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Student Spotlight: Kathyrn Thompson

Student Spotlight: Kathyrn Thompson

Thompson2Kathryn collects a pinfish in a seine during the 2014 Estuarine Ecology class field trip to South Padre Island. Credit: Kathyrn Thompson.We sat down with Kathyrn Thompson this past summer to learn about her Semester by the Sea project. Semester by the Sea is a comprehensive spring program for UT undergraduates.
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Kathryn Thompson

Semester by the Sea Faculty Supervisor: Dr. Lee Fuiman

Research Area: Larval fish culture

Please tell us a little bit about your research project.
My Semester by the Sea research project was focused on refining culture methods for pigfish (Orthopristis chrysoptera), which are important bait fish in coastal Texas. Their populations are decreasing because they are a well sought after bait, and our goal is to refine the protocol necessary to grow them successfully in mariculture. Specifically my research project was to determine when and how their digestive enzymes become developed. This is much needed information in mariculture because it helps determine when the pigfish can be weaned from live food to dry food, which is cheaper and much less labor intensive.

How did you decide you wanted to pursue marine science?
From a young age I’ve had a deep love of the ocean and been intrigued by the mystery of it. I believe this fascination began with a trip to the aquarium at Moody Gardens in Galveston. When I learned of the possibility to study marine science, I took advantage of it and here I am.

In 10 years what would you like to have accomplished?
In 10 years, I would like to gain more laboratory experience, receive my master’s in science degree, and work in a fish hatchery program with larval fish. My goal is to make positive contributions to our wild fish populations since they are under such stress.

What is the most interesting or surprising thing you’ve gotten to do for your research project?
Seeing a fish go from an egg to a juvenile. There are so many developmental changes that occur from the time they are 2 mm in length to 20 mm. It is fascinating to watch that process unfold. Every day there was something new to see.

What’s been the greatest reward of doing research? The greatest challenge?
The greatest reward has been finding out something that is completely unknown. Not many people have the opportunity to go through the research process and come up with answers to the questions asked. The greatest challenge was interpreting the data. Sometimes the results didn’t make sense, so I’d have to take a step back, reassess and sometimes test the samples again. It was challenging but also rewarding to come back with a fresh mind to tackle it again and find the solution.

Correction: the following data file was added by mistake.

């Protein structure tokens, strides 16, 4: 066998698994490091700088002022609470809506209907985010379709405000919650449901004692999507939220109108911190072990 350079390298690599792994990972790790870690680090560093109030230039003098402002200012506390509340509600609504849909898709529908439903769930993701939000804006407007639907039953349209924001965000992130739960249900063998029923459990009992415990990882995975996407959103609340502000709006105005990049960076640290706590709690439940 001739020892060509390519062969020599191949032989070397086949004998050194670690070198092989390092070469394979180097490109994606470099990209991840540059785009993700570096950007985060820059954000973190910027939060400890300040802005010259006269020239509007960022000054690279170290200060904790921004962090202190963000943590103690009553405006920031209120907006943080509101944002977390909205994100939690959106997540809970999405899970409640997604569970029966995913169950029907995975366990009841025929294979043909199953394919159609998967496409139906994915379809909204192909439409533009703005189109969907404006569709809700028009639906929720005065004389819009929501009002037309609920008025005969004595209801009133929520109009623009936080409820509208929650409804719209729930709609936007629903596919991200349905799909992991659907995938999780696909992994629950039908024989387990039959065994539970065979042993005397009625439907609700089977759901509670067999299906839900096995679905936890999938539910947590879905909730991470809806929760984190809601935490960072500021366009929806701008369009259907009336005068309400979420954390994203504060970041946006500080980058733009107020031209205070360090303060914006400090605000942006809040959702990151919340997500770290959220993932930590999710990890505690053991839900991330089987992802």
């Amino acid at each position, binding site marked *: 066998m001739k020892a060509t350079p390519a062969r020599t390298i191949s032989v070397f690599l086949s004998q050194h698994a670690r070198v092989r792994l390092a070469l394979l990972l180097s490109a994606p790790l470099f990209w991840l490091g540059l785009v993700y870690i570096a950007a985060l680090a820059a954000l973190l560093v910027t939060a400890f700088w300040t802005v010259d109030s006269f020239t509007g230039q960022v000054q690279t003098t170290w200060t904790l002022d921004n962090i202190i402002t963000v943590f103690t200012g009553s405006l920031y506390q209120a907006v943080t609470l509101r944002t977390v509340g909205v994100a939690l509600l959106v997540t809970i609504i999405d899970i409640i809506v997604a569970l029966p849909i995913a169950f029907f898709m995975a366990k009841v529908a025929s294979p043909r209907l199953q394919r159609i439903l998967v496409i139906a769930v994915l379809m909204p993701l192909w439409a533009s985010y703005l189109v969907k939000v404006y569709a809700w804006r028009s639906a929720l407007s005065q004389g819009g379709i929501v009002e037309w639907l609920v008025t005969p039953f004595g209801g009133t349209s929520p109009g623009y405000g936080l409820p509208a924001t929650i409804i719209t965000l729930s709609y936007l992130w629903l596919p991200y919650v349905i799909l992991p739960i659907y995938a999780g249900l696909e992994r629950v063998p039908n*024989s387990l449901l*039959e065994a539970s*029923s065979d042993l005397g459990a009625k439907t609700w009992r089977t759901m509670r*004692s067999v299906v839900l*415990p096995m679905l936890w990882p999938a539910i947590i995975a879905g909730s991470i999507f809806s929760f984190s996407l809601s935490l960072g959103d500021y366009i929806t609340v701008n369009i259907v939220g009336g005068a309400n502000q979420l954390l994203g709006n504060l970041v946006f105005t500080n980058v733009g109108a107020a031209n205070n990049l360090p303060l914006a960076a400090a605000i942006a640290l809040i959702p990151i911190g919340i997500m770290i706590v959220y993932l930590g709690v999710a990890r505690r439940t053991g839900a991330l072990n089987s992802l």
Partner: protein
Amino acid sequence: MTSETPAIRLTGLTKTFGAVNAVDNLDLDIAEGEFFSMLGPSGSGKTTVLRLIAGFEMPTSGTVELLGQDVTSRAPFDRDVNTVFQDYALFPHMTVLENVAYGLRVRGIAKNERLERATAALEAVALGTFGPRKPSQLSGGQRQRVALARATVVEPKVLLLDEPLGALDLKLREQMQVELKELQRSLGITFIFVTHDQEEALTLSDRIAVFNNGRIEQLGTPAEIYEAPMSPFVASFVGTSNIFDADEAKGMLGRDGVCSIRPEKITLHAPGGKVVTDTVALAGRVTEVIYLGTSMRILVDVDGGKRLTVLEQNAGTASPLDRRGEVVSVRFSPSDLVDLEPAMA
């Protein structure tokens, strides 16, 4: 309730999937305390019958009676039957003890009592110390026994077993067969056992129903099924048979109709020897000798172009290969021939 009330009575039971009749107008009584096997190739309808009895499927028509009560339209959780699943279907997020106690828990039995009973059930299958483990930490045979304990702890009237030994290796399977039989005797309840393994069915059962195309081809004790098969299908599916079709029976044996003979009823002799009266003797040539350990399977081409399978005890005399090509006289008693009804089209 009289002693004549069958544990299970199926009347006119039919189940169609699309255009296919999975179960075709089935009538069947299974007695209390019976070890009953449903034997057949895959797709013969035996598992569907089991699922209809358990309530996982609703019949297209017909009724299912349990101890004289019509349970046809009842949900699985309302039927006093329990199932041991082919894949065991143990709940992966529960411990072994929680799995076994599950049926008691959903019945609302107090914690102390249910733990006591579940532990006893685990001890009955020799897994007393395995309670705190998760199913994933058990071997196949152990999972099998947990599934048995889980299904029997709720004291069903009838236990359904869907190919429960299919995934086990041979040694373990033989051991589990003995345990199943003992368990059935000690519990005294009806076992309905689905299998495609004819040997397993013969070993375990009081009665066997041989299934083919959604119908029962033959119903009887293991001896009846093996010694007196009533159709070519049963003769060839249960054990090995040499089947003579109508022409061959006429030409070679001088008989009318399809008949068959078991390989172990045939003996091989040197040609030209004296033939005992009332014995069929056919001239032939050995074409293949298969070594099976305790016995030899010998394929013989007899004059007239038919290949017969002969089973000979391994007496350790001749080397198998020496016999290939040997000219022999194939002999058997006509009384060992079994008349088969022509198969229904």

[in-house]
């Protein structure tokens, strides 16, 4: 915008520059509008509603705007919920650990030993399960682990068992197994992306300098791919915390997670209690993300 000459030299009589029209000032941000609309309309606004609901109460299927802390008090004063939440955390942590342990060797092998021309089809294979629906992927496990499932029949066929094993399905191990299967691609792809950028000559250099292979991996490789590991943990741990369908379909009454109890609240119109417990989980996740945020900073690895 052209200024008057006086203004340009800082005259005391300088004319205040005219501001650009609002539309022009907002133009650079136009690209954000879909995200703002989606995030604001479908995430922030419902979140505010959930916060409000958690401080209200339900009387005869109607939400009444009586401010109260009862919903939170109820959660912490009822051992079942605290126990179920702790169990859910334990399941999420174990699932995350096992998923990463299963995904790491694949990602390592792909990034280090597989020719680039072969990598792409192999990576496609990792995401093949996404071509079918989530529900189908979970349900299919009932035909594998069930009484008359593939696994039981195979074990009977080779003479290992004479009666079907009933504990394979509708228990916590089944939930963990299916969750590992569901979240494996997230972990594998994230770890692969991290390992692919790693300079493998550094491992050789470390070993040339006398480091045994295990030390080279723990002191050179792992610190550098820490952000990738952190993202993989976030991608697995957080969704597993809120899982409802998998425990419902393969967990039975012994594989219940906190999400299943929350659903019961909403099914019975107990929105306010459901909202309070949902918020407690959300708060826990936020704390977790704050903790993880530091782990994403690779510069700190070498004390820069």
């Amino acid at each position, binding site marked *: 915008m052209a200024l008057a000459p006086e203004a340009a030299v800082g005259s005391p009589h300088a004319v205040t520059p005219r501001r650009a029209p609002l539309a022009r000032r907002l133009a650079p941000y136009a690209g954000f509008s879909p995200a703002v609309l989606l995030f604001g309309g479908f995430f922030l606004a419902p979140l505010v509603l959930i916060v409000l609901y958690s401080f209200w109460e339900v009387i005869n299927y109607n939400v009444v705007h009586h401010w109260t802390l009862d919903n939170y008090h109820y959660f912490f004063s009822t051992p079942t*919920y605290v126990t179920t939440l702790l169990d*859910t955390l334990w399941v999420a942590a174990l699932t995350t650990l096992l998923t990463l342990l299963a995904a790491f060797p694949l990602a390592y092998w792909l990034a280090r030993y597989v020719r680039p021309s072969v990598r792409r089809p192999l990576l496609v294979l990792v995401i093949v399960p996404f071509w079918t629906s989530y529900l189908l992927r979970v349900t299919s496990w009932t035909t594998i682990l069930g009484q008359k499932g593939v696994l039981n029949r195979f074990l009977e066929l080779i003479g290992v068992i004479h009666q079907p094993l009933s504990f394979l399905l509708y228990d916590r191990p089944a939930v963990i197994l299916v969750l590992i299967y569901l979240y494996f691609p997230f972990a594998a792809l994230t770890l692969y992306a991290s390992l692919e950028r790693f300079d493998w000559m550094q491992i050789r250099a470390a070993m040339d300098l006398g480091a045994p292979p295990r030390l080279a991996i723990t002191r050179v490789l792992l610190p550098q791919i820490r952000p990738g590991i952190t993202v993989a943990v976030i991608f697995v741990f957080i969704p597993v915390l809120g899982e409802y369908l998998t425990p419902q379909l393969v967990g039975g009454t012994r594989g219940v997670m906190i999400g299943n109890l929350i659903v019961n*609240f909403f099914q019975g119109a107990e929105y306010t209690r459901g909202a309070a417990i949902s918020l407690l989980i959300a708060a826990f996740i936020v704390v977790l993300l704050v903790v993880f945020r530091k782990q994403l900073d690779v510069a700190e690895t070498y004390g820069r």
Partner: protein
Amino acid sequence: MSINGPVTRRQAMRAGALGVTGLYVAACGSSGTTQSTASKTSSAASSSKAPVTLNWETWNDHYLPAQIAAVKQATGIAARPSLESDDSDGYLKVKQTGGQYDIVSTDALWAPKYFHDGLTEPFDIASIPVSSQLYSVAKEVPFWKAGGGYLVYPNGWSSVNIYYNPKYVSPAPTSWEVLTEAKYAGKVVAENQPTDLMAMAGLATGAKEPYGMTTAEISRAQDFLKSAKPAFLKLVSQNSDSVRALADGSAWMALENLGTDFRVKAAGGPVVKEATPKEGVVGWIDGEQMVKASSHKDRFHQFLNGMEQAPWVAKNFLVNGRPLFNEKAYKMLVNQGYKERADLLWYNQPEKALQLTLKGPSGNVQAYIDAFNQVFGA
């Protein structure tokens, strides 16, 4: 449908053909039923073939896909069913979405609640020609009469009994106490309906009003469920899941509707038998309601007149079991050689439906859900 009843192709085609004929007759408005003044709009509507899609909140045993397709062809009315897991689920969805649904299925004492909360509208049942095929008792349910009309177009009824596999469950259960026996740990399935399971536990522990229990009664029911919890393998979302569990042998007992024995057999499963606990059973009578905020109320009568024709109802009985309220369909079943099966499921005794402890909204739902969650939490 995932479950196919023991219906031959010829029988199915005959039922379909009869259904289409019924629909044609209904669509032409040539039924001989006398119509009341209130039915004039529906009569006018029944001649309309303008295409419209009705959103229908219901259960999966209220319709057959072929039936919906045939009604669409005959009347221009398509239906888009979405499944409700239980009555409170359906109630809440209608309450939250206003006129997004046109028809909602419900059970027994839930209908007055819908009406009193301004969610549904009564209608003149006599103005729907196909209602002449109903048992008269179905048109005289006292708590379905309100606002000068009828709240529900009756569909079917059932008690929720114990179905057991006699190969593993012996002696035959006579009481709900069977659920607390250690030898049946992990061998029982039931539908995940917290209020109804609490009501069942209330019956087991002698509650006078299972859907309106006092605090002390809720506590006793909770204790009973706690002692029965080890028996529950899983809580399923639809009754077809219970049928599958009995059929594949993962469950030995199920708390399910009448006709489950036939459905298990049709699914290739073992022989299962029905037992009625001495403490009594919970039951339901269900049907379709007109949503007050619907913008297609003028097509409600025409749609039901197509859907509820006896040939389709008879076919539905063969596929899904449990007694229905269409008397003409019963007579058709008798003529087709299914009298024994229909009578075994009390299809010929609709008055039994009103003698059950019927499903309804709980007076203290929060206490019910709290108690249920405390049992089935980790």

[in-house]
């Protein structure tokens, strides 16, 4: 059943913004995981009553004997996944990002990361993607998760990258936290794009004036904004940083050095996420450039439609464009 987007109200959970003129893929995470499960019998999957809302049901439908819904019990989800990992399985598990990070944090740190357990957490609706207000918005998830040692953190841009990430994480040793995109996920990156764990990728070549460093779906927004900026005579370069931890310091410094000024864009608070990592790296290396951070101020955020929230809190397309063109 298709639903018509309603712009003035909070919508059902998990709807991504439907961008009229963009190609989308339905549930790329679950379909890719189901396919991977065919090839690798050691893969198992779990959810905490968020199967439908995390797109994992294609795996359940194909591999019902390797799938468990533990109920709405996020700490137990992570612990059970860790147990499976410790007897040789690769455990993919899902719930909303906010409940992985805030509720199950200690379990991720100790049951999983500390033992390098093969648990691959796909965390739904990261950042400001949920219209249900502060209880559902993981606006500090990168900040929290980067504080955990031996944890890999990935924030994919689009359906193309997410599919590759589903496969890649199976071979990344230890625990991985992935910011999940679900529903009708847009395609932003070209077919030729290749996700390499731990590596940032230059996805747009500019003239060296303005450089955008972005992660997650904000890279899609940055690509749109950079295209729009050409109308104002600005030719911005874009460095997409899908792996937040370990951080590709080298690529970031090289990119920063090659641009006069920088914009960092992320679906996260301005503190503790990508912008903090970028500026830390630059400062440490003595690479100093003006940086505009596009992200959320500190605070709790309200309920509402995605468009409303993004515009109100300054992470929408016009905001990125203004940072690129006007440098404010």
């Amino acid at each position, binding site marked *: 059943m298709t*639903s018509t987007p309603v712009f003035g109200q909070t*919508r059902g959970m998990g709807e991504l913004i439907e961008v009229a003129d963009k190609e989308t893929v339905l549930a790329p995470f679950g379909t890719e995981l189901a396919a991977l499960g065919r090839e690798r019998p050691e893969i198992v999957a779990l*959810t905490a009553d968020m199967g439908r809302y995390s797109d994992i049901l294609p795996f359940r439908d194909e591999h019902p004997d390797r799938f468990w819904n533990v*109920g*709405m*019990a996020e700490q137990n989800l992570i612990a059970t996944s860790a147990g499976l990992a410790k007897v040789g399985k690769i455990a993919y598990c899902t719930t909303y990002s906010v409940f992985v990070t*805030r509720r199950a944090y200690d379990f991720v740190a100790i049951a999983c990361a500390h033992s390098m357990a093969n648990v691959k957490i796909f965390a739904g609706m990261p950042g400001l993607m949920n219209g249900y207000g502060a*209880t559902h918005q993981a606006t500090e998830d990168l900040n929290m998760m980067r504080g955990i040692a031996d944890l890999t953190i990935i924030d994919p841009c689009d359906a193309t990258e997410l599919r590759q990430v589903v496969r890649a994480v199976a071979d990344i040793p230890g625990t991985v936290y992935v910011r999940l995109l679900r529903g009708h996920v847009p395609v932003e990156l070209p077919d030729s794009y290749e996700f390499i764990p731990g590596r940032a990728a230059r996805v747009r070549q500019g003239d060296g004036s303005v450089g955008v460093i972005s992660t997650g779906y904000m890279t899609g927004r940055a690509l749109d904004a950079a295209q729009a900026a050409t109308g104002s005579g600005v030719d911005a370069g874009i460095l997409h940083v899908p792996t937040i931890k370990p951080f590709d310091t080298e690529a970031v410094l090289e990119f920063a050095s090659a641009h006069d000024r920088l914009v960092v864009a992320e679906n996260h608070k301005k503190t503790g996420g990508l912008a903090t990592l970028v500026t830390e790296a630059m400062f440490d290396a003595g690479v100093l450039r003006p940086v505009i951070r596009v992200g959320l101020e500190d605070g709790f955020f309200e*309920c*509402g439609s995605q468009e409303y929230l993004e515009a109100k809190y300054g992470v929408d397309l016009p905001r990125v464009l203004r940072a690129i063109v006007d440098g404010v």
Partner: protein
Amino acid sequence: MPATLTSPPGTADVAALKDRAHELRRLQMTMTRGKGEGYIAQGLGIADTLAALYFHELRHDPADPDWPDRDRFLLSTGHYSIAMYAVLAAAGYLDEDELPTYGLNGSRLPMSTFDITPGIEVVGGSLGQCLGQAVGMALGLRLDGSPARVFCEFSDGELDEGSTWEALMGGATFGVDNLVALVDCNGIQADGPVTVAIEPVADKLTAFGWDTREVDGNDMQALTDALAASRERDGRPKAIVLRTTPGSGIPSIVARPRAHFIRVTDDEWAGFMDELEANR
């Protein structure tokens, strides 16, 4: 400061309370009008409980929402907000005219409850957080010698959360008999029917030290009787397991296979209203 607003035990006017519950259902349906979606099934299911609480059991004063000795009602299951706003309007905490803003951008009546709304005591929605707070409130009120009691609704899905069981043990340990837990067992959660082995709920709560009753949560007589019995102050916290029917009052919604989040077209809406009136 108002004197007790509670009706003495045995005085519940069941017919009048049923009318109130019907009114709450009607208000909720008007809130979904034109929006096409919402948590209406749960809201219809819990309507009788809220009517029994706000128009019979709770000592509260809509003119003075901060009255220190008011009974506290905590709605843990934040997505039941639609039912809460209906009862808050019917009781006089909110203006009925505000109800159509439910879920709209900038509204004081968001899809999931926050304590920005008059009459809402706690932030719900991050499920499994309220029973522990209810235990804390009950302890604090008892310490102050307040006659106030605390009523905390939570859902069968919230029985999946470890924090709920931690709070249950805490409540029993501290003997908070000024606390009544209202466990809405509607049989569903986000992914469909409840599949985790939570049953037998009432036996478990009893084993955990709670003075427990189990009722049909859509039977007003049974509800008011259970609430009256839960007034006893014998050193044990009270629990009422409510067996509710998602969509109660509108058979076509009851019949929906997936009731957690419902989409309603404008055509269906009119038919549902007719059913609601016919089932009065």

What inspires you?
For me, it is being here in Port Aransas, seeing the ocean every day and knowing that it’s ready for me to explore. I am also very inspired by sharing knowledge of marine science with others. I have had the great opportunity of working with 5-8th graders here at MSI during the Summer Science Program and also in Austin as an undergraduate teaching assistant for the Oceanography course. These have been some of the most rewarding positions and truly inspire me to strive to learn more and teach others. Thompson3Kathryn and fellow Marine Science Club officer Meagan Aguirre spread the word about the organization at the CNS Gone to Texas event for incoming students. Credit: Kathyrn Thompson.

Why did you choose UTMSI?
I’ve always been a fan of UT and knew that I was interested in marine science. My junior year of high school I visited the UTMSI facility and I was immediately sold. I’ve never regretted my decision to come to UTMSI. It’s a wonderful facility with great faculty and staff.

What has been your most memorable moment at UTMSI?
That is a tough one because there are so many wonderful memories… One of my favorites was taking the estuarine ecology course led by Drs. Ken Dunton and Chris Shank. We took a class field trip down to South Padre to explore seagrass environments. It was a unique learning experience with great classmates and instructors.

If you were a marine organisms what would you be and why?
I would be an octopus. They are so smart and their ability to camouflage is mesmerizing. It would also be handy to hide in the rocks away from a predator – having eight arms would be pretty helpful as well.

Kathryn Thompson graduated from The University of Texas in December 2014 with a bachelor of science in marine and freshwater biology. She came back to school to attend the Semester by the Sea course in the spring of 2015. Kathryn was a UT Summer Science program instructor and is currently a pursuing job opportunities in marine science. She hails from Houston, Texas and plans to pursue a master degree in marine science.

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